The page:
But before the super-soldier program realized that Thorlief truly believed that he was Thor the Thunderer, they crafted fantastic technology for him. A belt of strength, much like Megingjord of mythology, was adapted to his physiology, to make him far stronger than Captain America. But to line up the man with the myth they thought they were only echoing, the program designed a massive warhammer, keyed to Golmen’s genetic markers, that was much more than a hammer: it had the power not only to strike with lightning, but to change the weather and bring down the storm; it had the power to aid Thorlief in flight, but even more impressive, it gave him the power of teleportation, so that he could be wherever he was needed in an instant.

And of course, once the man and the technology were finally brought together, Thorlief had a genuine identity crisis. He was no longer sure at all whether he was Thorlief, Thor, or some strange combination of the two.

It was clearly designed as a commentary on how Thor’s original origin story must have worked for an actual person trying to navigate a human life and the life of a god. Because the man brought in to help save the EU’s investment was a psychiatrist named Dr. Donald Blake.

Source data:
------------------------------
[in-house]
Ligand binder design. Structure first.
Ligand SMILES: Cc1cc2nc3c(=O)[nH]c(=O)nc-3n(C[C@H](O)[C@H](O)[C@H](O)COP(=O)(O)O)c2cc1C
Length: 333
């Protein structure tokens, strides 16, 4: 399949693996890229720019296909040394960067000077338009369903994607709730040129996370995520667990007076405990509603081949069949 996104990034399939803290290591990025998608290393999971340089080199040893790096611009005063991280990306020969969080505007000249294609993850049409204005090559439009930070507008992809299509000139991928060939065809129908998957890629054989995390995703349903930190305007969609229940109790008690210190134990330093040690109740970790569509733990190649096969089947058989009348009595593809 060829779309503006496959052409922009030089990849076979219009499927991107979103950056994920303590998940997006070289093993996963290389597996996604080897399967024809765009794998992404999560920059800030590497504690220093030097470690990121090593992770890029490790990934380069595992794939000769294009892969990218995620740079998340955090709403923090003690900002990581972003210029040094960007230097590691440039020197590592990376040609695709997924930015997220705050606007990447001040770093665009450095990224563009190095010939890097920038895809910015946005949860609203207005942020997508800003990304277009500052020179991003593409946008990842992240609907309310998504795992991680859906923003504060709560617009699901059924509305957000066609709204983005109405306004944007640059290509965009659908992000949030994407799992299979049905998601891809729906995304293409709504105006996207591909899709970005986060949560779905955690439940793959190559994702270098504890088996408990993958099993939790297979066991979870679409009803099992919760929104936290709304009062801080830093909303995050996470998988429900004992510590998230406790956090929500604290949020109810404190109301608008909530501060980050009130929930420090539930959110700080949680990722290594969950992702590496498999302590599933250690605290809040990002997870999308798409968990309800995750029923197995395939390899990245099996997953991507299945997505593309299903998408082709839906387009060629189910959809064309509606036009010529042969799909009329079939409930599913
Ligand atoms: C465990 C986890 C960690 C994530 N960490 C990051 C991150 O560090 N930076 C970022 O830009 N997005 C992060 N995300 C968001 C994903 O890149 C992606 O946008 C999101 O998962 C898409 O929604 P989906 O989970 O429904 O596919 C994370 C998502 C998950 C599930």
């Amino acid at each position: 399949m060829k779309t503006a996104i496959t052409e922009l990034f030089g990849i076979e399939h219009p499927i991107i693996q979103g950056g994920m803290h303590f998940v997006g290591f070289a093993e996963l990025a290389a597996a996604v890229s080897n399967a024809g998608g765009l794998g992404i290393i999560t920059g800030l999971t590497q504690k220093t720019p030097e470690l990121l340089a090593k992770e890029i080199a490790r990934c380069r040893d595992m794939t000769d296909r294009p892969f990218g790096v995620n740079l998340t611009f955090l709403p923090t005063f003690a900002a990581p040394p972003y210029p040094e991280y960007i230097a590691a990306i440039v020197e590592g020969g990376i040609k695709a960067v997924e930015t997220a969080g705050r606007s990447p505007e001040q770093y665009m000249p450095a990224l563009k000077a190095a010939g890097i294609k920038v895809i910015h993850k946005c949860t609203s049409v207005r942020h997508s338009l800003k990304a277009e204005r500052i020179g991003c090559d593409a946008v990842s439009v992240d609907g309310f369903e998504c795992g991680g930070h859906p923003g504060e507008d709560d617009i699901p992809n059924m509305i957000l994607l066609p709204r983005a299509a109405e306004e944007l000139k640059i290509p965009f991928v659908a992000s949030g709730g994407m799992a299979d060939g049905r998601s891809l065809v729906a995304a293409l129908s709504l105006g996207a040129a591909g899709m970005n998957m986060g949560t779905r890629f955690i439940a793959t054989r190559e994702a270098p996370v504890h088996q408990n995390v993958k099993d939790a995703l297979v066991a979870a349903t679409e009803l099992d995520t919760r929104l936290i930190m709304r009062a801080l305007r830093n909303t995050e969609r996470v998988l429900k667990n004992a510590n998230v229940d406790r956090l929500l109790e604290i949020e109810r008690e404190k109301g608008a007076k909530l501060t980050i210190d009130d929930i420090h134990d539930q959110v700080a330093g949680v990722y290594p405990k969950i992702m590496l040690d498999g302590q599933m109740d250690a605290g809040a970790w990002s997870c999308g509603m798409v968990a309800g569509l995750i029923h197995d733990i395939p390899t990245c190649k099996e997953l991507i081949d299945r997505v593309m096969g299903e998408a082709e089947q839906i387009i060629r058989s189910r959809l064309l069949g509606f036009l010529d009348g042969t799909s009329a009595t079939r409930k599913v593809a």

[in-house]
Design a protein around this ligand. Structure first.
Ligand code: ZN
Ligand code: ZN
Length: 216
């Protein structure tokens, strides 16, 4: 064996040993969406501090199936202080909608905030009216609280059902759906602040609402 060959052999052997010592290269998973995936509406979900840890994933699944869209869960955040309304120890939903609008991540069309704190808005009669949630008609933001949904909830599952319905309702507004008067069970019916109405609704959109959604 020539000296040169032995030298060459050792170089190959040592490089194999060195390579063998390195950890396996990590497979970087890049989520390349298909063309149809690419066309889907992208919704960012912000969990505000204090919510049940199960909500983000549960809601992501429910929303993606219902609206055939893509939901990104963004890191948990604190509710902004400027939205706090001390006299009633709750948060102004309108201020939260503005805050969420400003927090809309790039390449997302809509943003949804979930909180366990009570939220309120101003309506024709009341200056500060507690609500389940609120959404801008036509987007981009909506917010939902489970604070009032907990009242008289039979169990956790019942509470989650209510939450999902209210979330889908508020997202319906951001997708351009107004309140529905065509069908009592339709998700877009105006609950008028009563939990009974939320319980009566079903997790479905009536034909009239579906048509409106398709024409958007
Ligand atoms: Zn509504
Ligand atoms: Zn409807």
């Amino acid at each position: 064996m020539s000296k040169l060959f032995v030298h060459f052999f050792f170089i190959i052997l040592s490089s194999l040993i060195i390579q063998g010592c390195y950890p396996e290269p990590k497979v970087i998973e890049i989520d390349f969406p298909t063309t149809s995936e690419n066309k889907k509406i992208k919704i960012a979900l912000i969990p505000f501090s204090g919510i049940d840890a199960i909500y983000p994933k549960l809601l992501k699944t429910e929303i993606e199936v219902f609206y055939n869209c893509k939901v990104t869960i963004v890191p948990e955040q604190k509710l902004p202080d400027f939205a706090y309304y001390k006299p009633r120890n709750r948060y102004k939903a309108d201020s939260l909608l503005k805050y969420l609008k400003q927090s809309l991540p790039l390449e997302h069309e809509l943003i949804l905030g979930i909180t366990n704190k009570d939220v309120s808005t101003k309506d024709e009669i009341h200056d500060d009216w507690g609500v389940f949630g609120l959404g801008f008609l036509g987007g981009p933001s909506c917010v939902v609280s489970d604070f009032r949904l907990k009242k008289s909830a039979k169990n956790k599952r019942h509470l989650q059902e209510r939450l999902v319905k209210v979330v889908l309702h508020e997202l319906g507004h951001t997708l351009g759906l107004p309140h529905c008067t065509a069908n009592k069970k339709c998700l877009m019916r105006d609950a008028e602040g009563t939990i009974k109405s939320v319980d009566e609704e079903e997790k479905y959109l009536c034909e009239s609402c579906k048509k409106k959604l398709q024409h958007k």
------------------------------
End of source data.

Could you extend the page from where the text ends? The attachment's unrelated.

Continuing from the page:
While Marvel spent nearly a decade playing coy with whether Thorlief was truly delusional or actually the god Thor, it was made clear eventually, through a flashback to those scenes with Blake, that he was in fact the reborn god Thor. Who had originally died in a Ragnarok brought about when Loki co-opted the Nazis into allying with the frost giants to destroy Asgard.